Mens Tennis Forums banner

21 - 38 of 38 Posts

·
Registered
Joined
·
11,359 Posts
Well, this certainly sets up a very interesting quarter-final. Corretja may be short on confidence, he may be lacking in match practice and having a slow start to the year, but he will give every sinew in his body to beat Hewitt even if he has to crawl off the court afterwards, so much does he hate the man's guts. Hewitt, I imagine, knowing exactly how much his display of on-court emotions annoy Corretja, will do his utmost to express them as loudly and fervently as possible.
 

·
Registered
Joined
·
1,544 Posts
From the SMH during the Aus Open

Alex Corretja has changed his opinion of Lleyton Hewitt - they may even practise together, writes Richard Hinds.

Perhaps it is too early to claim Lleyton Hewitt has made the transition from problem child to choir boy. In a moment of extreme pressure during the Australian Open, perhaps we will find out. But there is one significant sign that the world No 1's on-court behaviour has improved significantly in recent times - Alex Corretja now talks to him.

After an icy stand-off, the Spaniard approached Hewitt at the US Open last September and ended a feud that began before the 2000 Davis Cup final when Corretja said publicly what some others had come to believe.

"He just appears arrogant to me," Corretja said before the final. "If he behaves that way next week [in the Davis Cup], there will be a nasty reception awaiting him."

Corretja believed Hewitt's fist-pumping antics were too often used to intimidate opponents and umpires. "It's good that a guy has motivation, but sometimes I think he's doing more like a psychological thing than other stuff," he said. "I don't like the way he behaves on court. I've never said that before for a player."

But by the 2002 US Open, Corretja had come to believe Hewitt's behaviour had improved and he wanted to clear the air.

"I've been pretty honest when I talk about everyone on the tour and I said that [about Hewitt being arrogant]," Corretja said. "But I must say that from my point of view he has really changed his attitude. He is more relaxed and he is thinking about himself when he is on the court - he is not trying to distract the other guy to help his game.

"I do have a lot of respect for him because he has shown he has been the best on the tour the last two years and I had the chance to talk to him last September at the US Open. I left some time to pass away to relax. At first I was trying to talk to him but it was difficult because he was hurt and if someone criticised myself I would also be upset.

"I tell him, 'I felt like you had something against me', and he said, 'No, it wasn't against you, that is just the way I behave with everyone and you took it personally and I'm sorry about that'."

Corretja said he apologised to Hewitt for making his comments publicly rather than face-to-face. "He said it was OK, he didn't want to have any problems with me or anyone else. We shake hands and it's been great. Of course we are rivals like everyone else, but it doesn't make sense to sit in the locker room with someone next to you who you don't talk [to] at all."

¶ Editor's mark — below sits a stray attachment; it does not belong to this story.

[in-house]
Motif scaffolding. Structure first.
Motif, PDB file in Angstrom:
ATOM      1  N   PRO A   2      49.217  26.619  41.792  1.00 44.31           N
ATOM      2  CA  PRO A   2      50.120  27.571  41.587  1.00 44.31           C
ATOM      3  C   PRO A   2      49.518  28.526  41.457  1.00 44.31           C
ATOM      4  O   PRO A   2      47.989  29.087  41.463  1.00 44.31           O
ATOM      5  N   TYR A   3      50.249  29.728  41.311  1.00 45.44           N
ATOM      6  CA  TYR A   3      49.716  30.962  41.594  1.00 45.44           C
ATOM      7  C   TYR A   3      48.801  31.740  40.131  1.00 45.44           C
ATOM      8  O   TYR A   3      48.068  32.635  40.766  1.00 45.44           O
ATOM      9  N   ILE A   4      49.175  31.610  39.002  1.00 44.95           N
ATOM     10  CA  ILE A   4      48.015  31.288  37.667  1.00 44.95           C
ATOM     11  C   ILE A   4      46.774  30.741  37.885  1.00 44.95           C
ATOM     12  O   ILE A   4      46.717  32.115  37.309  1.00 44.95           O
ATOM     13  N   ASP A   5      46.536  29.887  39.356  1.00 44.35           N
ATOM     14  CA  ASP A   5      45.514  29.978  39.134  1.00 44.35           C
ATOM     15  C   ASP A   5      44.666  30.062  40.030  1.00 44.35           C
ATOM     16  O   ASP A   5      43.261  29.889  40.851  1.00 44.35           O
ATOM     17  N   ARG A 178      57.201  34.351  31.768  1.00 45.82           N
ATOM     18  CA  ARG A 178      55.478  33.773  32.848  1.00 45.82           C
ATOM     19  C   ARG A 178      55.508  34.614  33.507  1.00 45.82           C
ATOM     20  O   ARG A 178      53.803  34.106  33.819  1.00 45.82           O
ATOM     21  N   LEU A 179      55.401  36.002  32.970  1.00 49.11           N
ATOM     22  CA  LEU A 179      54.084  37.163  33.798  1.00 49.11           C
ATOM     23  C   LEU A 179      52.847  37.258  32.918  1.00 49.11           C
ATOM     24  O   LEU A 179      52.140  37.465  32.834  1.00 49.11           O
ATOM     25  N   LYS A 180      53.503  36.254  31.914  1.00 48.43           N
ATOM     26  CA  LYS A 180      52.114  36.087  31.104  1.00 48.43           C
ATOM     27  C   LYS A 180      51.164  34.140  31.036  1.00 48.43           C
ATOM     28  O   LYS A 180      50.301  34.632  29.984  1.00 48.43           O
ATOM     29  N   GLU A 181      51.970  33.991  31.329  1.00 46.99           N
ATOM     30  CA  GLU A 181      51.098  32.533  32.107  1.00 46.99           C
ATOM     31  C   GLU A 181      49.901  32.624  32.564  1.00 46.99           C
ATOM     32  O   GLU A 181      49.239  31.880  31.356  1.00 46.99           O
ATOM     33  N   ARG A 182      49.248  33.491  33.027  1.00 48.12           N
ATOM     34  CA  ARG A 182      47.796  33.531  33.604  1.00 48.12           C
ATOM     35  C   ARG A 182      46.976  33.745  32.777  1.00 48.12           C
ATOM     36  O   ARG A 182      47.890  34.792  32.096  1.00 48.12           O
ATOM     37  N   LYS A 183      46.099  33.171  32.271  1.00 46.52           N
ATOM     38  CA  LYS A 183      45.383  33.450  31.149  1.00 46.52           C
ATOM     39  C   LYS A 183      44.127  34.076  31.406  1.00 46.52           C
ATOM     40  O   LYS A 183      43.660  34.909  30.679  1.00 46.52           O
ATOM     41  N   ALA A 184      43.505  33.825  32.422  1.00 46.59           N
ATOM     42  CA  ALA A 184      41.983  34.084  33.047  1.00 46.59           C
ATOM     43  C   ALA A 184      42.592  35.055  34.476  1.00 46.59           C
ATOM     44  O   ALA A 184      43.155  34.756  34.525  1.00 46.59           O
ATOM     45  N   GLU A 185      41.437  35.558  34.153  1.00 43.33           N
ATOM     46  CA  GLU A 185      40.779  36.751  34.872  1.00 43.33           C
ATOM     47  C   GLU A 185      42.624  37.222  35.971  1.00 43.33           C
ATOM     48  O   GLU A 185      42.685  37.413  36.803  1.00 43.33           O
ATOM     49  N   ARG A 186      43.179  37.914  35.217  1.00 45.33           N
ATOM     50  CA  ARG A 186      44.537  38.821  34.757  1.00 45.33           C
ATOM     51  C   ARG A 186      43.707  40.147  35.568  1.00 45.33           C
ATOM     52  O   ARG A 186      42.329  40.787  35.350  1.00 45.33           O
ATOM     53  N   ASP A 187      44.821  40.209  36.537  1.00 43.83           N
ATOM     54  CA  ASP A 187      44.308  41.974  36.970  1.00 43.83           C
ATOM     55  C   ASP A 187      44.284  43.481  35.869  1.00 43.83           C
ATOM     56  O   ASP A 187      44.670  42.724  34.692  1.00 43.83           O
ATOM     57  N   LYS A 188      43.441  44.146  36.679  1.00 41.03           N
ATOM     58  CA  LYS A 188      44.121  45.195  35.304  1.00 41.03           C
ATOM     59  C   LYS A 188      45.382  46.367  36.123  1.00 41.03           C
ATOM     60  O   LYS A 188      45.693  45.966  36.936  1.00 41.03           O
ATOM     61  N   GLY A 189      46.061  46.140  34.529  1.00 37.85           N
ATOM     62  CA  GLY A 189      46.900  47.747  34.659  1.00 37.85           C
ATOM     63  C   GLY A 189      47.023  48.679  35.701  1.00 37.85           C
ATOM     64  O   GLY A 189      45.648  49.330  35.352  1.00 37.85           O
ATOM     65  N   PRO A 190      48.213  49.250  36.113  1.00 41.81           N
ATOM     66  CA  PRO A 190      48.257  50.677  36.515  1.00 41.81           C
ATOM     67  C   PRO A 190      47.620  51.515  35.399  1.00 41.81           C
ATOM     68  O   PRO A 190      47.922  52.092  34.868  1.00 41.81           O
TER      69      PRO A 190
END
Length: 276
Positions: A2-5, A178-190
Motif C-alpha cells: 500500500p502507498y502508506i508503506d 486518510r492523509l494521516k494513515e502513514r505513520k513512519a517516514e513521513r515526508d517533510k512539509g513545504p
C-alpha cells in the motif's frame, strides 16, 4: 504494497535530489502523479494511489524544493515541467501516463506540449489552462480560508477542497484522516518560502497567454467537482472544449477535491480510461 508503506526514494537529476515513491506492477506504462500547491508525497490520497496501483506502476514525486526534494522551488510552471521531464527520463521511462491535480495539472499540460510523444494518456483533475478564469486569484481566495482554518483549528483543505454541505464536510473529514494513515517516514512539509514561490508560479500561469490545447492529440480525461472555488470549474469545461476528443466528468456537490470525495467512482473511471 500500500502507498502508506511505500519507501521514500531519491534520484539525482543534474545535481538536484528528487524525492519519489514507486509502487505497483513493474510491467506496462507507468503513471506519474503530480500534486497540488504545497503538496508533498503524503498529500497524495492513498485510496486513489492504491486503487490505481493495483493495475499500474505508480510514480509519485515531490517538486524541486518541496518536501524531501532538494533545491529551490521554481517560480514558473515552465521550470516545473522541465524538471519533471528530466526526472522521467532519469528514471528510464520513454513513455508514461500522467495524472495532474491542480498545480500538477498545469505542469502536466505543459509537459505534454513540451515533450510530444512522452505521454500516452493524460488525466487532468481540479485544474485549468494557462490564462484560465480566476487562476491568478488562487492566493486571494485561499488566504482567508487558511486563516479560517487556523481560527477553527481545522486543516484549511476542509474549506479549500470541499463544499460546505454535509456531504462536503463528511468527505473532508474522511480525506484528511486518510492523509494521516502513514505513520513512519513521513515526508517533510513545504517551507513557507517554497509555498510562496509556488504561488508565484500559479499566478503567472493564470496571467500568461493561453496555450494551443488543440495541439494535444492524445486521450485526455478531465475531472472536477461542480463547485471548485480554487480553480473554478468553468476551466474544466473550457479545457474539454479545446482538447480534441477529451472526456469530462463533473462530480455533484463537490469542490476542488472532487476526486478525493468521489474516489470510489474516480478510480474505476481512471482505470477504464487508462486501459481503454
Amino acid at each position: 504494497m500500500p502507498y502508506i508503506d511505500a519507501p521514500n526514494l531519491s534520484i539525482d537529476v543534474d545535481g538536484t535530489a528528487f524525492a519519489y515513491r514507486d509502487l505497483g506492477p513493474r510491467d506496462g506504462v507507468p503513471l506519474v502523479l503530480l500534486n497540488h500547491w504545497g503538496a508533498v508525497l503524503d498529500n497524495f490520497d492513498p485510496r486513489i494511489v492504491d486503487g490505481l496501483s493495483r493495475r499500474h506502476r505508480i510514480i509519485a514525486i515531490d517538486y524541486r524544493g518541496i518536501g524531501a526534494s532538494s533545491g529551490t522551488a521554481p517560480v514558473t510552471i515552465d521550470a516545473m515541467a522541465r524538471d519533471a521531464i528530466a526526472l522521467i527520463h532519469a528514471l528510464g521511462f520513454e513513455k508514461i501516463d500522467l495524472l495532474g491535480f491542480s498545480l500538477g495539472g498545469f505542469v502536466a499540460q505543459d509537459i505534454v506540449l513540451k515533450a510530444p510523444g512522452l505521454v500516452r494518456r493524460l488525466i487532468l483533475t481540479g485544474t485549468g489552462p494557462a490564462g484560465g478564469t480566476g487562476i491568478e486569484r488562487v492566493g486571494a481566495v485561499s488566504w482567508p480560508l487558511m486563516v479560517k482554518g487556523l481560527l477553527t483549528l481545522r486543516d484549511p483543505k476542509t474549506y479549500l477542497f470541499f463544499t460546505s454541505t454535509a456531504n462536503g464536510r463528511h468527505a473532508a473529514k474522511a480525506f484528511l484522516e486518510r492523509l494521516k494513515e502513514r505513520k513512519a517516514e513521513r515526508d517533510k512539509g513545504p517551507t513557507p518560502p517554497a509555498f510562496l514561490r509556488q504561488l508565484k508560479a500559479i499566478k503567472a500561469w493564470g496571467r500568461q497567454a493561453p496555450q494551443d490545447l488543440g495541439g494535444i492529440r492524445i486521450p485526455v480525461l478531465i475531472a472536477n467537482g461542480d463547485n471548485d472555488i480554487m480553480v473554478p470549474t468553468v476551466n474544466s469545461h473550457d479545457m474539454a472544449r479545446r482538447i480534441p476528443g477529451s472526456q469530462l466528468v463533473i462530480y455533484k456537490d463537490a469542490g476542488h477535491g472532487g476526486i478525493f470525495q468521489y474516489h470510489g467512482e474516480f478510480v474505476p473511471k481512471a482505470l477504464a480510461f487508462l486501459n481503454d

Given Corretja is one of the most popular and approachable players on the tour, his initial opinion of Hewitt's behaviour carried some weight in the locker room. Equally, the Spaniard's belief Hewitt's demeanour has improved seems justified.

Although he remains entangled in a dispute with the ATP and continues his stand-off with the media, Hewitt's primal screams and exaltations have seemed less threatening since the 2001 US Open, in which he was accused of claiming a black linesman was favouring his opponent, James Blake.

After their US Open peace talks, Corretja saw Hewitt again in Tokyo and they exchanged pleasantries. There has even been talk of practising together and Corretja is effusive in his praise of the world No 1.

"I'm amazed by what he achieved and he definitely deserved it because he has been working harder than anybody else," Corretja said.

"It is amazing the way he has developed his game everywhere because three or four years ago you could say, 'OK, he could be a really good player', but now he's winning the slams on different surfaces . . . he only needs to improve a little bit on clay and it will be ridiculous."


__________________
 

·
Registered
Joined
·
1,697 Posts
Sjengster said:
Well, this certainly sets up a very interesting quarter-final. Corretja may be short on confidence, he may be lacking in match practice and having a slow start to the year, but he will give every sinew in his body to beat Hewitt even if he has to crawl off the court afterwards, so much does he hate the man's guts. Hewitt, I imagine, knowing exactly how much his display of on-court emotions annoy Corretja, will do his utmost to express them as loudly and fervently as possible.
LOL! he apologized to Lleyton 'very quietly' at the USO :p :p Lleyton didn't make a big deal out of it :angel:

Thanks Duck :kiss: for posting the article. I was gonna post it myself. ;)
 

·
psychotic banana
Joined
·
15,731 Posts
lol
 

·
Banned
Joined
·
3,273 Posts
(wc) M. Philippoussis(AUS) d. (LL) S. Draper(AUS) 6-0 - 6-4 :D

David :D :) now Mark vs. David :( good luck both...
Alex :D

Lleyton :)
 

·
Gugaholic
Joined
·
84,779 Posts
Mark KNOWLES (BAH)/Daniel NESTOR (CAN) def Gaston ETLIS (ARG)/Martin RODRIGUEZ (ARG) 6-3 6-4

:bounce:
 
21 - 38 of 38 Posts
Top